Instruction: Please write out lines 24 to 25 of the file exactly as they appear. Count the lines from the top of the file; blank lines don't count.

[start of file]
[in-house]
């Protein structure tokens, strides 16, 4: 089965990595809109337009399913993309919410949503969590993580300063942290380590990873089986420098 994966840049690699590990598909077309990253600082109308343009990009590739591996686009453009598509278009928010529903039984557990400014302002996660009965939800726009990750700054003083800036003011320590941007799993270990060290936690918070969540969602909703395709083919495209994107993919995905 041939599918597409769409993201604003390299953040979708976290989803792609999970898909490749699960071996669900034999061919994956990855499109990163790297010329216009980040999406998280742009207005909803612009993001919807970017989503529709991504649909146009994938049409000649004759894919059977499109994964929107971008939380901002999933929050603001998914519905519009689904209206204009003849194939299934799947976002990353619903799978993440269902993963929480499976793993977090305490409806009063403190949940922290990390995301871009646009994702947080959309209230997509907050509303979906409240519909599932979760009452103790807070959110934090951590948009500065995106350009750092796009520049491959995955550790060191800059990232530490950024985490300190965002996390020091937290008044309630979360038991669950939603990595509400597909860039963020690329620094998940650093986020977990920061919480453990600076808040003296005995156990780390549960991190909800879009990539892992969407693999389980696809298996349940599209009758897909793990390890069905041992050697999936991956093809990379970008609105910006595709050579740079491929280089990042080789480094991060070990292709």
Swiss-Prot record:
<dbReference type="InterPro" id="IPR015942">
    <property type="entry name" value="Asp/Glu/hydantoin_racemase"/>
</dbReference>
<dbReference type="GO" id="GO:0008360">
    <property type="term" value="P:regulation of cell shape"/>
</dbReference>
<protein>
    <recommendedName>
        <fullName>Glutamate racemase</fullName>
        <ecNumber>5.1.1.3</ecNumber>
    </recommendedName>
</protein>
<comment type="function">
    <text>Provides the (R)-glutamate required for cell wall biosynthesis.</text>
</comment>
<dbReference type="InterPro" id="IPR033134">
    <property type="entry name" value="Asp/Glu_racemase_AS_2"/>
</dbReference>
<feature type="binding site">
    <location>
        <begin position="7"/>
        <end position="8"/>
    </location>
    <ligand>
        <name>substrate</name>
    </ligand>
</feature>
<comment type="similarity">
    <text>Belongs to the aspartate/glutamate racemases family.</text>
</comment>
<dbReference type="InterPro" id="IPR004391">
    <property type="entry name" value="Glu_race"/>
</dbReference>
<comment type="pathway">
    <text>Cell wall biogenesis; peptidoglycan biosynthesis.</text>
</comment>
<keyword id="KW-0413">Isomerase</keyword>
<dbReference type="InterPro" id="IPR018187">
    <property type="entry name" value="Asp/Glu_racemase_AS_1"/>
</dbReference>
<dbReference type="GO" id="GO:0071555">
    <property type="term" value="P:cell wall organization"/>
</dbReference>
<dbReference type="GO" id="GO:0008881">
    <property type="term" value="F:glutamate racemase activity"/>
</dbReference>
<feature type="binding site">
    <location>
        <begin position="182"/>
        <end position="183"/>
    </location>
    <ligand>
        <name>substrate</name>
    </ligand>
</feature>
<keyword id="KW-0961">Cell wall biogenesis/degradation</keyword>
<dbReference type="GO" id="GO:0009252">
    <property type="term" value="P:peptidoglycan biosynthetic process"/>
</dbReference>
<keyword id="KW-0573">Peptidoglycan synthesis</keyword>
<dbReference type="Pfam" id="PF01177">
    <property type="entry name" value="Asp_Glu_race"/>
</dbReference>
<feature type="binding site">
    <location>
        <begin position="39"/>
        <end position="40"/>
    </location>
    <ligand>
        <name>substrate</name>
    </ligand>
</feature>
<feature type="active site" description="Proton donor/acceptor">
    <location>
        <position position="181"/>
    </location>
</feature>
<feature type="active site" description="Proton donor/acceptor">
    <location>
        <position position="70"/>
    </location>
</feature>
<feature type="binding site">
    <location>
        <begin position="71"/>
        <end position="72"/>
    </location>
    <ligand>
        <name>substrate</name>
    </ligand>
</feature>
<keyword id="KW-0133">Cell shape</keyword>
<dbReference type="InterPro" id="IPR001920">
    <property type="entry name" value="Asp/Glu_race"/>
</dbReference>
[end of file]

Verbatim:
        <begin position="7"/>
        <end position="8"/>